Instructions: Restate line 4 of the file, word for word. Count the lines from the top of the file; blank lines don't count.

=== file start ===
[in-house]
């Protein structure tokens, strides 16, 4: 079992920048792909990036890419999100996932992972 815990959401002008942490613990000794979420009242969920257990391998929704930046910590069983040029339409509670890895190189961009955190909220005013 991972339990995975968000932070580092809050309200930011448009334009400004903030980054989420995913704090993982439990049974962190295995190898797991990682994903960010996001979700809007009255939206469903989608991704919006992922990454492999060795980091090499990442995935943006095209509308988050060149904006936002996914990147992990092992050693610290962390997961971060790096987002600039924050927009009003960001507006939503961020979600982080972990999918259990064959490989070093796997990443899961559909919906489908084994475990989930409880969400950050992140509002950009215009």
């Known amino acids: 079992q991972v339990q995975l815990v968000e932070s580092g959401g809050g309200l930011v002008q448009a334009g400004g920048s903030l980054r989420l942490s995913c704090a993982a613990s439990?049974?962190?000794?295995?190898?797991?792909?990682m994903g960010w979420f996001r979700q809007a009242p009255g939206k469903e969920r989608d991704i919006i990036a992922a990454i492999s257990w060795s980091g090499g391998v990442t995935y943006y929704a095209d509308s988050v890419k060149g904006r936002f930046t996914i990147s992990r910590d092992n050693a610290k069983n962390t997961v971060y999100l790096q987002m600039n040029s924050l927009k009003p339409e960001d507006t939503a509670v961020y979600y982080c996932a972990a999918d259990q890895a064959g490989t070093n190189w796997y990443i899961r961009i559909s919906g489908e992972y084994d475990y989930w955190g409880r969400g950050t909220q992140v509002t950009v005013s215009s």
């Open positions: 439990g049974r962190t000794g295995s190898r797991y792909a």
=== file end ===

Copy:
């Open positions: 439990g049974r962190t000794g295995s190898r797991y792909a």